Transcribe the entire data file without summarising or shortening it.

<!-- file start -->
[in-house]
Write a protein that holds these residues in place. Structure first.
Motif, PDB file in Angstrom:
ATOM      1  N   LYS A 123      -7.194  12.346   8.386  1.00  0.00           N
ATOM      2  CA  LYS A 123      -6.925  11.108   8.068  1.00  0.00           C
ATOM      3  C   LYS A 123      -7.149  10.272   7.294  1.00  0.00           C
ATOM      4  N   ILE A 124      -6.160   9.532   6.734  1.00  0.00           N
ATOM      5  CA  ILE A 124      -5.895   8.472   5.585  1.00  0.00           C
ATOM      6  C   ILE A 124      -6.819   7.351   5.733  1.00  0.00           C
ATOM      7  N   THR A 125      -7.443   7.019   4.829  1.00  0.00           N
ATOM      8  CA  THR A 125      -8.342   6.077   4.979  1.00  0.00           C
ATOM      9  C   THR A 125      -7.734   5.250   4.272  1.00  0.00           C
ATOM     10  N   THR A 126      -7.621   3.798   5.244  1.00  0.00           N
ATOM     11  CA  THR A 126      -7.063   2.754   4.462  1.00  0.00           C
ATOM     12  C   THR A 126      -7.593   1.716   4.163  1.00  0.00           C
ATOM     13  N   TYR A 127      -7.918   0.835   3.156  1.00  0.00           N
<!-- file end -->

[in-house]
Write a protein that holds these residues in place. Structure first.
Motif, PDB file in Angstrom:
ATOM      1  N   LYS A 123      -7.194  12.346   8.386  1.00  0.00           N
ATOM      2  CA  LYS A 123      -6.925  11.108   8.068  1.00  0.00           C
ATOM      3  C   LYS A 123      -7.149  10.272   7.294  1.00  0.00           C
ATOM      4  N   ILE A 124      -6.160   9.532   6.734  1.00  0.00           N
ATOM      5  CA  ILE A 124      -5.895   8.472   5.585  1.00  0.00           C
ATOM      6  C   ILE A 124      -6.819   7.351   5.733  1.00  0.00           C
ATOM      7  N   THR A 125      -7.443   7.019   4.829  1.00  0.00           N
ATOM      8  CA  THR A 125      -8.342   6.077   4.979  1.00  0.00           C
ATOM      9  C   THR A 125      -7.734   5.250   4.272  1.00  0.00           C
ATOM     10  N   THR A 126      -7.621   3.798   5.244  1.00  0.00           N
ATOM     11  CA  THR A 126      -7.063   2.754   4.462  1.00  0.00           C
ATOM     12  C   THR A 126      -7.593   1.716   4.163  1.00  0.00           C
ATOM     13  N   TYR A 127      -7.918   0.835   3.156  1.00  0.00           N